Chase’s memory just went out the window.
Chase doesn’t remember falling off the roof. He doesn’t remember hitting his head. He doesn’t, in fact, remember anything. He wakes up in a hospital room and suddenly has to learn his whole life all over again . . . starting with his own name.
He knows he’s Chase. But who is Chase? When he gets back to school, he sees that different kids have very different reactions to his return.
Some kids treat him like a hero. Some kids are clearly afraid of him.
One girl in particular is so angry with him that she pours her frozen yogurt on his head the first chance she gets.
Pretty soon, it’s not only a question of who Chase is–it’s a question of who he was . . . and who he’s going to be.
Potentially Sensitive Areas: Bullying
Booklist (March 15, 2017 (Vol. 113, No. 14))
Grades 4-7. Recovering after a fall, Chase regains consciousness in a hospital bed surrounded by complete strangers—including his mother and brother. After he returns to school, he struggles to regain what amnesia has erased, but what he learns isn’t reassuring. His two old buddies from the football team are bullies. The kids he wants to hang out with now, like those in the video club, were often their victims, and they’re understandably wary of the new Chase. If he regains his memory, will he become the jerk he was before? Chapter by chapter, the very readable first-person narration shifts among seven students, giving readers access to many points of view. Their reactions to the changes in Chase’s outlook vary according to their personalities and their prior relationships with him. The characters are well drawn, and the scenes in which Chase befriends an elderly veteran at an assisted facility are nicely integrated into the novel. A talented storyteller, Korman shows bullying, regret, and forgiveness from various perspectives and leaves readers with ideas to ponder.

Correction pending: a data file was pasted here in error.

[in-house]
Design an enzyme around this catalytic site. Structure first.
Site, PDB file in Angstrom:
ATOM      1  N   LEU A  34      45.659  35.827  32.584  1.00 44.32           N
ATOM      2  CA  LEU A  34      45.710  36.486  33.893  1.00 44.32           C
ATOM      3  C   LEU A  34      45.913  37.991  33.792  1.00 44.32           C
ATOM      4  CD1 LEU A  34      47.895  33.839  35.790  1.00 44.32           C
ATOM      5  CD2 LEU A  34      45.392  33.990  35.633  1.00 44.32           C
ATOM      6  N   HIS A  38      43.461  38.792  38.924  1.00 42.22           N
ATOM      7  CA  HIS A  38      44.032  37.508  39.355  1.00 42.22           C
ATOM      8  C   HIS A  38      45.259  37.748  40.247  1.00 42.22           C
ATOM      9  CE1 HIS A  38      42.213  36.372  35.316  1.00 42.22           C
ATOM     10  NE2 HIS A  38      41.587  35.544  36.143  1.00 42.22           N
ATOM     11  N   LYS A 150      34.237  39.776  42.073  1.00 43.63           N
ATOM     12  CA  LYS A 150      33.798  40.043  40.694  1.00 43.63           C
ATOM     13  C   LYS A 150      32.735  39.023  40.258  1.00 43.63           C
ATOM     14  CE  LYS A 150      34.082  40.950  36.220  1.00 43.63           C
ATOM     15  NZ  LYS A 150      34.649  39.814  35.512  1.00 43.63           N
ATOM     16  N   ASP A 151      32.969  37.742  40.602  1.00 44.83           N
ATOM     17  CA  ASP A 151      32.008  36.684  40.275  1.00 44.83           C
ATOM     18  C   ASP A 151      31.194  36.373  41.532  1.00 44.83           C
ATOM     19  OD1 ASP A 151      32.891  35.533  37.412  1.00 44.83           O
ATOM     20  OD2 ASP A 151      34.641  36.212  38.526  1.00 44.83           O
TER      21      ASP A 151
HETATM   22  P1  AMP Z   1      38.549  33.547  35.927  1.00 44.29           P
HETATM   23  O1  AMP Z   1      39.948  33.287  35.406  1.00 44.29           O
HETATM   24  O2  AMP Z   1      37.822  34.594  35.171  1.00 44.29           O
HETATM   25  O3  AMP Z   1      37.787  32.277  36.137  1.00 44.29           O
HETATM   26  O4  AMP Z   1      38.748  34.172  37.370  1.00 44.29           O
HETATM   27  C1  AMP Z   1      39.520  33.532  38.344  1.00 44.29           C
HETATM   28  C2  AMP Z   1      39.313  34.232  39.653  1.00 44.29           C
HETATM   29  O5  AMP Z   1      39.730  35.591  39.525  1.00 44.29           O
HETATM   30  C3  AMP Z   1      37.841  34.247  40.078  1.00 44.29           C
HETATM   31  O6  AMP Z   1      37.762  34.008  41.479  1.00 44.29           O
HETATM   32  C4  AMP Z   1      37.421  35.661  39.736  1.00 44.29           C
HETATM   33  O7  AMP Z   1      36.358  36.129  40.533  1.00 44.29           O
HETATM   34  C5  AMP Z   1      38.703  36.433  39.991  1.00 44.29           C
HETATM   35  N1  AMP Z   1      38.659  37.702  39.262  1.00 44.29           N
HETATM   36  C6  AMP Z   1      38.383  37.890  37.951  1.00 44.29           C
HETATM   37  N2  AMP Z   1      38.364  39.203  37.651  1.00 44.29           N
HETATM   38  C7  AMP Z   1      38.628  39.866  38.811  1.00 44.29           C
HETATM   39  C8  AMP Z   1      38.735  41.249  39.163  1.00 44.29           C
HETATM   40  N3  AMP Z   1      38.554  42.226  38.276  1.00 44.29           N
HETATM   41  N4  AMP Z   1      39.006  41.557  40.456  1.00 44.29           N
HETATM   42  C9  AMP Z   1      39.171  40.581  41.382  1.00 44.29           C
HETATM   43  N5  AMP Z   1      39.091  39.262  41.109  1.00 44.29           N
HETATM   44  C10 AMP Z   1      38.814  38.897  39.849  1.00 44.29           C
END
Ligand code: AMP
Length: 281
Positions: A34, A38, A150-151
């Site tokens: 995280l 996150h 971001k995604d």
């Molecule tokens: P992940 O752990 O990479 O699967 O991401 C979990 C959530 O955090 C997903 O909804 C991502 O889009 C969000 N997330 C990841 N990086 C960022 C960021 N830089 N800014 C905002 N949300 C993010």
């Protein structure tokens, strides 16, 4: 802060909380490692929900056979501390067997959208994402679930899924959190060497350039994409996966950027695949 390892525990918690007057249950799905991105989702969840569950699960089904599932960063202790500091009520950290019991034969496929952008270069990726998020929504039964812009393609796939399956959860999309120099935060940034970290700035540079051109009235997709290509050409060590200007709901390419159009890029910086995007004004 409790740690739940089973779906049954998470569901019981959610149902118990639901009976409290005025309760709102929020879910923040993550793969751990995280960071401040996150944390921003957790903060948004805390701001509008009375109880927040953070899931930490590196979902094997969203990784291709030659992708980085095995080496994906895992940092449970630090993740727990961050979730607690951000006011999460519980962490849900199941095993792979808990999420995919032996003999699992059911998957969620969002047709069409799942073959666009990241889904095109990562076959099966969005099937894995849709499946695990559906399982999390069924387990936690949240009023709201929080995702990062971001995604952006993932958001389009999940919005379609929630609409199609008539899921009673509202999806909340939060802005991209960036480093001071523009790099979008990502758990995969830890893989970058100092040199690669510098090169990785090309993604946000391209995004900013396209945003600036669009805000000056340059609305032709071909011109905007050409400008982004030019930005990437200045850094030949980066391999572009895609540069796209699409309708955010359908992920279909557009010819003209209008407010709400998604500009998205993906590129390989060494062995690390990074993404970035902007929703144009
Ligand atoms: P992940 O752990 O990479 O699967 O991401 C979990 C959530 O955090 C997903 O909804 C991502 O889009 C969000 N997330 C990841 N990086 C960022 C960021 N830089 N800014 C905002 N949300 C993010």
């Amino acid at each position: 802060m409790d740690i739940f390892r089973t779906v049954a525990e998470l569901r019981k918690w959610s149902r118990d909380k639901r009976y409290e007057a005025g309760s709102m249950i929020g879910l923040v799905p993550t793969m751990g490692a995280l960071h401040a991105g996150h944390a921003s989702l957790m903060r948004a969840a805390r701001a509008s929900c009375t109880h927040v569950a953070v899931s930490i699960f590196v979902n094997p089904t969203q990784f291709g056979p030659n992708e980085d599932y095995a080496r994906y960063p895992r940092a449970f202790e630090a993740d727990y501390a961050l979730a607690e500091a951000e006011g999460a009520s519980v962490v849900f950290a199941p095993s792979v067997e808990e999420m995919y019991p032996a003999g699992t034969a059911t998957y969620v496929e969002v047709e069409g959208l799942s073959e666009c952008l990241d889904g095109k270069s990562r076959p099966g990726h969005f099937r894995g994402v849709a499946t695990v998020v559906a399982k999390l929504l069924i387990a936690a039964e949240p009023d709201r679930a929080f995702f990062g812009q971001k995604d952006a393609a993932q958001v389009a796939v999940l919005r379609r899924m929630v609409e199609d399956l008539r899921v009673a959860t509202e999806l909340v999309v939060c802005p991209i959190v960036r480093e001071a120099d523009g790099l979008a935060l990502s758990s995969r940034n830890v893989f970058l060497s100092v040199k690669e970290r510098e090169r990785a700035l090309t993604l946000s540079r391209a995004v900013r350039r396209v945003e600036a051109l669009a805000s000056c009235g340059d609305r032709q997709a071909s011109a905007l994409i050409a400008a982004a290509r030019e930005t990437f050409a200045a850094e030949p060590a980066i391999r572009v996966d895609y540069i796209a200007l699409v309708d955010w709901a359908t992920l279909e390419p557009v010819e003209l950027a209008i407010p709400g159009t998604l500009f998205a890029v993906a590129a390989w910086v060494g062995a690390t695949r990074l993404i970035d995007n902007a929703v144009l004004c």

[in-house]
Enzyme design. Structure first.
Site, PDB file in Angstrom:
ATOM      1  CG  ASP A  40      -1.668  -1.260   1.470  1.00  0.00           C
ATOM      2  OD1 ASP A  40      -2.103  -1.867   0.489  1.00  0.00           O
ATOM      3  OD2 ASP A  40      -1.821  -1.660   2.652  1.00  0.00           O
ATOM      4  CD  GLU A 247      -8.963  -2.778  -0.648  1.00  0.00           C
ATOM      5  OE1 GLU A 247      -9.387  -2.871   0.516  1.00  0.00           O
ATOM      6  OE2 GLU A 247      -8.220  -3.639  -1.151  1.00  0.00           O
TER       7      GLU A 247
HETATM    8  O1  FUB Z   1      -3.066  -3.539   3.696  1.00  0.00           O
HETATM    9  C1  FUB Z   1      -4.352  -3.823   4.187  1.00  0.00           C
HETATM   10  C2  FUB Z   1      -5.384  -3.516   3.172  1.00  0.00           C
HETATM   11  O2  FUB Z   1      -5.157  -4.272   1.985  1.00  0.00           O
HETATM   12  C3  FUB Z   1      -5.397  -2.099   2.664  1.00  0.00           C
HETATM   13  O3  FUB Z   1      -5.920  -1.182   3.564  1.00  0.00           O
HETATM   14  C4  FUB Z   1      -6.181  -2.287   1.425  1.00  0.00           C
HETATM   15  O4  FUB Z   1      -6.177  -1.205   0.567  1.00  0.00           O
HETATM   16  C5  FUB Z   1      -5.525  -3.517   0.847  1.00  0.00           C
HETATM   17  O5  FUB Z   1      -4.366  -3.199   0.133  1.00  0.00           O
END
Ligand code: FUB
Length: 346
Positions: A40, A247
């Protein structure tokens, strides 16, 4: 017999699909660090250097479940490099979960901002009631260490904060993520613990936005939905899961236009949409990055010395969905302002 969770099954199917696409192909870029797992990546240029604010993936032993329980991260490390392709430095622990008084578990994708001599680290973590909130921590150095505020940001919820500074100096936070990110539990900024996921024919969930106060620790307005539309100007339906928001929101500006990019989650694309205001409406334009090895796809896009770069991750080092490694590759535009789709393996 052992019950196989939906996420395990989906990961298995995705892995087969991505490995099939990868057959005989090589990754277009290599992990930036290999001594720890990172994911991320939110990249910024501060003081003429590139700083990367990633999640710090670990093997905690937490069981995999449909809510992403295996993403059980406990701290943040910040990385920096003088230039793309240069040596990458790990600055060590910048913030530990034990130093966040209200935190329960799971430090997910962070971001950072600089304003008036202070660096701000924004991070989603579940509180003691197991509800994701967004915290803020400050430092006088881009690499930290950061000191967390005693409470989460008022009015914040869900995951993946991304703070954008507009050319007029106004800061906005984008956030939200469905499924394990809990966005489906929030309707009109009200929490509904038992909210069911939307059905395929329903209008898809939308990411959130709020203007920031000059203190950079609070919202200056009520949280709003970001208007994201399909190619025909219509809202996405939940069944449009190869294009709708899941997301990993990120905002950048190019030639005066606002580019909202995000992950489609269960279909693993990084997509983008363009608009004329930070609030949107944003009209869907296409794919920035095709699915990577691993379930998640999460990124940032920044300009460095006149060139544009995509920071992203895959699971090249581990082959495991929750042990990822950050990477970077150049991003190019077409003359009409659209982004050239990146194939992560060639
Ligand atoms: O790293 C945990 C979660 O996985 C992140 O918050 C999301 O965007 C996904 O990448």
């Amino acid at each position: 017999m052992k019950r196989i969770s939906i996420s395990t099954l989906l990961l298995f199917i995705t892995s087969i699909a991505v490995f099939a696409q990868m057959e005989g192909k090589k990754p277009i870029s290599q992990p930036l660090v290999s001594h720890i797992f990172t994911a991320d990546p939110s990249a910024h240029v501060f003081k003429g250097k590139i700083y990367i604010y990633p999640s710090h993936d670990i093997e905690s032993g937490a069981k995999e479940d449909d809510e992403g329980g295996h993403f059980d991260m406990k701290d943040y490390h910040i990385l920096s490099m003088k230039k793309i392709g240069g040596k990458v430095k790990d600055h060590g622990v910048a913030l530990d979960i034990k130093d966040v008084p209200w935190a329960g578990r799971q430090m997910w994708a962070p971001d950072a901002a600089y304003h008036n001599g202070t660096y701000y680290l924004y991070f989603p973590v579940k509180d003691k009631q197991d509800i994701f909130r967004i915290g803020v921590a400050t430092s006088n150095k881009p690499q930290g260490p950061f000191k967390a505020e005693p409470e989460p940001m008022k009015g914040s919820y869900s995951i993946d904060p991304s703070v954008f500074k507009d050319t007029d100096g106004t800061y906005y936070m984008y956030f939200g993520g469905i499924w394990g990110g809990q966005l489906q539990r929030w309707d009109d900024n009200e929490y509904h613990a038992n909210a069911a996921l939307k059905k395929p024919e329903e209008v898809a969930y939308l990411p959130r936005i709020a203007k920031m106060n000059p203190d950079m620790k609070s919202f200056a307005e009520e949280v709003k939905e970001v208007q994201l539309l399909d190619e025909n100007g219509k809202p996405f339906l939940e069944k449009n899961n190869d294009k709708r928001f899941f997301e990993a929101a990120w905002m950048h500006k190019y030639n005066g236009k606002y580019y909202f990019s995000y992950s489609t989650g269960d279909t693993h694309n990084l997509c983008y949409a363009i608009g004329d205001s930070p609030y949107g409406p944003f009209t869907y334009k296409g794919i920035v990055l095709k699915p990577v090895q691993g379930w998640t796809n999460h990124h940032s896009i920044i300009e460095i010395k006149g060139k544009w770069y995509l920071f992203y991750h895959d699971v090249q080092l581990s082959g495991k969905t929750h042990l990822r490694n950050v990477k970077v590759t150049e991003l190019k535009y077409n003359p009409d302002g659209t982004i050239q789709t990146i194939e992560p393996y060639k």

Kirkus Reviews (April 1, 2017)
Will a bully always be a bully? That’s the question eighth-grade football captain Chase Ambrose has to answer for himself after a fall from his roof leaves him with no memory of who and what he was. When he returns to Hiawassee Middle School, everything and everyone is new. The football players can hardly wait for him to come back to lead the team. Two, Bear Bratsky and Aaron Hakimian, seem to be special friends, but he’s not sure what they share. Other classmates seem fearful; he doesn’t know why. Temporarily barred from football because of his concussion, he finds a new home in the video club and, over time, develops a new reputation. He shoots videos with former bullying target Brendan Espinoza and even with Shoshanna Weber, who’d hated him passionately for persecuting her twin brother, Joel. Chase voluntarily continues visiting the nursing home where he’d been ordered to do community service before his fall, making a special friend of a decorated Korean War veteran. As his memories slowly return and he begins to piece together his former life, he’s appalled. His crimes were worse than bullying. Will he become that kind of person again? Set in the present day and told in the alternating voices of Chase and several classmates, this finding-your-middle-school-identity story explores provocative territory. Aside from naming conventions, the book subscribes to the white default. Korman’s trademark humor makes this an appealing read. (Fiction. 9-14)
About the Author
Korman wrote his first book, “This Can’t be Happening at Macdonald Hall”, when he was 12 years old, for a coach who suddenly found himself teaching 7th grade English. He later took that episode and created a book out of it, as well, in “The Sixth Grade Nickname Game”, wherein Mr. Huge was based on that 7th grade teacher.
Korman moved to New York City, where he studied film and film writing. While in New York, he met his future wife; live in Long Island with their three children.
He has published more than 50 books.
His website is gordonkorman.com.
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